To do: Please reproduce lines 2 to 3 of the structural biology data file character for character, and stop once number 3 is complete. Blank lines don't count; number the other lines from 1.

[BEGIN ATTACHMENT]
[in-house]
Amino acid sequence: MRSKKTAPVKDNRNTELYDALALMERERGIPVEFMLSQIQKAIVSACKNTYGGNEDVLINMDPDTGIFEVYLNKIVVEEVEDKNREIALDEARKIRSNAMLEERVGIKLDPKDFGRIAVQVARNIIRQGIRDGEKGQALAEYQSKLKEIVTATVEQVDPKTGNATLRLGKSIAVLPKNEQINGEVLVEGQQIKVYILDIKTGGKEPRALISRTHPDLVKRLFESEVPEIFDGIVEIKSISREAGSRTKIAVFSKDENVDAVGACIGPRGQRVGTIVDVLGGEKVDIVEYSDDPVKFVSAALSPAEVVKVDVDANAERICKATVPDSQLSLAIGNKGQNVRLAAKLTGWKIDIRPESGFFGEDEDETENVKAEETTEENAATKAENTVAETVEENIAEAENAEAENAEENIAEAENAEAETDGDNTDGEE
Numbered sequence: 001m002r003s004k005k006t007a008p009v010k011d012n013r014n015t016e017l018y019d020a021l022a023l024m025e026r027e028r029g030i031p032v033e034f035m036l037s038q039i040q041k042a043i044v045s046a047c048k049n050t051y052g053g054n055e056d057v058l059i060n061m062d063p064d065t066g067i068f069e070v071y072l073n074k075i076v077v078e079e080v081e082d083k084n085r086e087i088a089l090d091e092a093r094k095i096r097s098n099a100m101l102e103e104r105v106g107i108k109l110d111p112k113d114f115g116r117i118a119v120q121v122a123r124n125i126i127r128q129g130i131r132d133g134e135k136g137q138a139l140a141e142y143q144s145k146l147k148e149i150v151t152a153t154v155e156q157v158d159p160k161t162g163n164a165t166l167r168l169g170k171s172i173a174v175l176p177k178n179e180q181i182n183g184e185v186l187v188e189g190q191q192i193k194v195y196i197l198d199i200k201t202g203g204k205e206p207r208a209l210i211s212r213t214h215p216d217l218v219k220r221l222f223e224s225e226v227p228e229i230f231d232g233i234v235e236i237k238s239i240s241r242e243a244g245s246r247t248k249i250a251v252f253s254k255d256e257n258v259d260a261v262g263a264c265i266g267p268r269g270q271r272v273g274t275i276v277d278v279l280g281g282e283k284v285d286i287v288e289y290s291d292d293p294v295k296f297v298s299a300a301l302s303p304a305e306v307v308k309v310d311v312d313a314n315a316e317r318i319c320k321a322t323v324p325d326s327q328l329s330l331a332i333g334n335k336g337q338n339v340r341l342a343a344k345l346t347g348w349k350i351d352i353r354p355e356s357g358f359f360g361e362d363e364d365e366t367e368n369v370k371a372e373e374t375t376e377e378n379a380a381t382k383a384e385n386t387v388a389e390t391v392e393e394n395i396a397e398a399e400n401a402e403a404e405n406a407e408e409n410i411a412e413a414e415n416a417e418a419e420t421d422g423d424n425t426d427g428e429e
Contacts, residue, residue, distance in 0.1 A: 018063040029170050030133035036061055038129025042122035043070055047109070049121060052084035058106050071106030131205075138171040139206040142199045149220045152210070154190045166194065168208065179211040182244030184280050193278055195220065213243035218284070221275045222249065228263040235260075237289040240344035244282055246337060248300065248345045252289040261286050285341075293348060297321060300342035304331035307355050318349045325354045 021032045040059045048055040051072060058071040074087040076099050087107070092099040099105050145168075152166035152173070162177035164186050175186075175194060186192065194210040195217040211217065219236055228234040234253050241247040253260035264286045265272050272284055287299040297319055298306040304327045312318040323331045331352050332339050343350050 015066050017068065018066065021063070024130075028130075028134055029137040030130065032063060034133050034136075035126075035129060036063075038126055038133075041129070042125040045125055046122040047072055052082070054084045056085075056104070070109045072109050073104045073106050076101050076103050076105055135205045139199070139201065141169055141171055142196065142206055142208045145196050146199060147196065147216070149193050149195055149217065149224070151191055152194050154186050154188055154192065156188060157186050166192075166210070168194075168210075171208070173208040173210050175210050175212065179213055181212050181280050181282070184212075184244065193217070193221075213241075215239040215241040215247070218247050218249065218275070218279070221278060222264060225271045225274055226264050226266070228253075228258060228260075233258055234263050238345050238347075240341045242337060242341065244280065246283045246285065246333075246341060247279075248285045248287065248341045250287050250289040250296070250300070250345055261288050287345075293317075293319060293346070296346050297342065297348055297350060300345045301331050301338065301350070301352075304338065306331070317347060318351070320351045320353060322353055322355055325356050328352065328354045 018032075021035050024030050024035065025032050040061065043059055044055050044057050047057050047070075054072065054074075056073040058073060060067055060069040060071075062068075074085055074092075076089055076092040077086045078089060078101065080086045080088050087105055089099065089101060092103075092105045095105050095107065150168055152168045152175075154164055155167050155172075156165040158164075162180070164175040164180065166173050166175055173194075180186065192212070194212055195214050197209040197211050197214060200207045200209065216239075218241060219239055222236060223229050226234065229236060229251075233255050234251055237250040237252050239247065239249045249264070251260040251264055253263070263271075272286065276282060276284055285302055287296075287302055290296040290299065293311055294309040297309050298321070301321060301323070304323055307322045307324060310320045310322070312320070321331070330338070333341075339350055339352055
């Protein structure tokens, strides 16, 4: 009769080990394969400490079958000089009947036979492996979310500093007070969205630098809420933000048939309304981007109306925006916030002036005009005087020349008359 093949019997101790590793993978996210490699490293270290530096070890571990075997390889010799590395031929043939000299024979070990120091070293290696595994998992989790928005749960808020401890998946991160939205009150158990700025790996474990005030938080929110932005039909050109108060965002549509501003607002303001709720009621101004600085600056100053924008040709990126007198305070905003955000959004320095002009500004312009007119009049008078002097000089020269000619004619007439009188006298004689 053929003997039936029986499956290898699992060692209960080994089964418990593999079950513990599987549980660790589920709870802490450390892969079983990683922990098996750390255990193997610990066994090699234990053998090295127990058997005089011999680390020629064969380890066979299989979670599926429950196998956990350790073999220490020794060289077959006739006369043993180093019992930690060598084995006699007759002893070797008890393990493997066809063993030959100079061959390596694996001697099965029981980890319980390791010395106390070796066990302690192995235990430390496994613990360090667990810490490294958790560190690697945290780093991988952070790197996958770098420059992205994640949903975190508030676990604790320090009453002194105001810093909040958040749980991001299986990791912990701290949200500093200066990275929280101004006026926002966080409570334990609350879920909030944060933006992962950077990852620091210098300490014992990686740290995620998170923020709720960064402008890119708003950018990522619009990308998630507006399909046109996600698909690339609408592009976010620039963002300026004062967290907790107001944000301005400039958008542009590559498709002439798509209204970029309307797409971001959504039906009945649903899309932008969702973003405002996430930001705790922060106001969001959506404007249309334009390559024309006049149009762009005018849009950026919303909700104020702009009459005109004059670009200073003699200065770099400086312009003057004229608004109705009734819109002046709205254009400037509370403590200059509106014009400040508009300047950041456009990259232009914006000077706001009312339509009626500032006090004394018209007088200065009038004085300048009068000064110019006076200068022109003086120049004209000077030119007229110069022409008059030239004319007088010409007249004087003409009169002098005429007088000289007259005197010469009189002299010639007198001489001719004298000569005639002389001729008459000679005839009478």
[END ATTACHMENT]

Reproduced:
Amino acid sequence: MRSKKTAPVKDNRNTELYDALALMERERGIPVEFMLSQIQKAIVSACKNTYGGNEDVLINMDPDTGIFEVYLNKIVVEEVEDKNREIALDEARKIRSNAMLEERVGIKLDPKDFGRIAVQVARNIIRQGIRDGEKGQALAEYQSKLKEIVTATVEQVDPKTGNATLRLGKSIAVLPKNEQINGEVLVEGQQIKVYILDIKTGGKEPRALISRTHPDLVKRLFESEVPEIFDGIVEIKSISREAGSRTKIAVFSKDENVDAVGACIGPRGQRVGTIVDVLGGEKVDIVEYSDDPVKFVSAALSPAEVVKVDVDANAERICKATVPDSQLSLAIGNKGQNVRLAAKLTGWKIDIRPESGFFGEDEDETENVKAEETTEENAATKAENTVAETVEENIAEAENAEAENAEENIAEAENAEAETDGDNTDGEE
Numbered sequence: 001m002r003s004k005k006t007a008p009v010k011d012n013r014n015t016e017l018y019d020a021l022a023l024m025e026r027e028r029g030i031p032v033e034f035m036l037s038q039i040q041k042a043i044v045s046a047c048k049n050t051y052g053g054n055e056d057v058l059i060n061m062d063p064d065t066g067i068f069e070v071y072l073n074k075i076v077v078e079e080v081e082d083k084n085r086e087i088a089l090d091e092a093r094k095i096r097s098n099a100m101l102e103e104r105v106g107i108k109l110d111p112k113d114f115g116r117i118a119v120q121v122a123r124n125i126i127r128q129g130i131r132d133g134e135k136g137q138a139l140a141e142y143q144s145k146l147k148e149i150v151t152a153t154v155e156q157v158d159p160k161t162g163n164a165t166l167r168l169g170k171s172i173a174v175l176p177k178n179e180q181i182n183g184e185v186l187v188e189g190q191q192i193k194v195y196i197l198d199i200k201t202g203g204k205e206p207r208a209l210i211s212r213t214h215p216d217l218v219k220r221l222f223e224s225e226v227p228e229i230f231d232g233i234v235e236i237k238s239i240s241r242e243a244g245s246r247t248k249i250a251v252f253s254k255d256e257n258v259d260a261v262g263a264c265i266g267p268r269g270q271r272v273g274t275i276v277d278v279l280g281g282e283k284v285d286i287v288e289y290s291d292d293p294v295k296f297v298s299a300a301l302s303p304a305e306v307v308k309v310d311v312d313a314n315a316e317r318i319c320k321a322t323v324p325d326s327q328l329s330l331a332i333g334n335k336g337q338n339v340r341l342a343a344k345l346t347g348w349k350i351d352i353r354p355e356s357g358f359f360g361e362d363e364d365e366t367e368n369v370k371a372e373e374t375t376e377e378n379a380a381t382k383a384e385n386t387v388a389e390t391v392e393e394n395i396a397e398a399e400n401a402e403a404e405n406a407e408e409n410i411a412e413a414e415n416a417e418a419e420t421d422g423d424n425t426d427g428e429e